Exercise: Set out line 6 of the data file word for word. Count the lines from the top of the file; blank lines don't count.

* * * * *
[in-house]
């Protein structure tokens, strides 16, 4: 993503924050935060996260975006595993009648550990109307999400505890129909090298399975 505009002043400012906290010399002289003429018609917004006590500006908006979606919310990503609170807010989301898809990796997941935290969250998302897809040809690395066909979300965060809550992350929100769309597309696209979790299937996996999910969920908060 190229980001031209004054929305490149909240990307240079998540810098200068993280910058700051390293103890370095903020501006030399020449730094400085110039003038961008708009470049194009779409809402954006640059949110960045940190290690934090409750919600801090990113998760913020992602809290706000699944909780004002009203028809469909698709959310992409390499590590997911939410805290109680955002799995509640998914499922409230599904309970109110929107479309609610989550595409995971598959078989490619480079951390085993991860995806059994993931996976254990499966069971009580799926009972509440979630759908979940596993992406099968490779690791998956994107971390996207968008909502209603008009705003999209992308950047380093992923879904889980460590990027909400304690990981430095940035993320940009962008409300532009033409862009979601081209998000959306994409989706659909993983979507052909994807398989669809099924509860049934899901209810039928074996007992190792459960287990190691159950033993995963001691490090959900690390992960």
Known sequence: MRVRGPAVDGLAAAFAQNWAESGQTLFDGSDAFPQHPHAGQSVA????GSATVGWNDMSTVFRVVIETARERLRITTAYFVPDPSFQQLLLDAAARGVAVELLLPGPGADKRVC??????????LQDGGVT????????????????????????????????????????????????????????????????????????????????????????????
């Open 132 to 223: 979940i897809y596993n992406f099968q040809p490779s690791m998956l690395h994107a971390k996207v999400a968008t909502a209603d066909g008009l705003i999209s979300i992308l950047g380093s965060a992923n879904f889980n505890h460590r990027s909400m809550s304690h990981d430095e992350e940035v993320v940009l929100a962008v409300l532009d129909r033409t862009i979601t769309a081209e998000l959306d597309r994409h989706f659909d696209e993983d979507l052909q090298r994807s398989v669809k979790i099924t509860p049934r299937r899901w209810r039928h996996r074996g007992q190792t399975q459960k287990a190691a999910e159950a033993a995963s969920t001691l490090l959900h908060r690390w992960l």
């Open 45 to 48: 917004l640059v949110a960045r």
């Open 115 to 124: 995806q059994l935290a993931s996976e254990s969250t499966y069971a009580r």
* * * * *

């Open 115 to 124: 995806q059994l935290a993931s996976e254990s969250t499966y069971a009580r």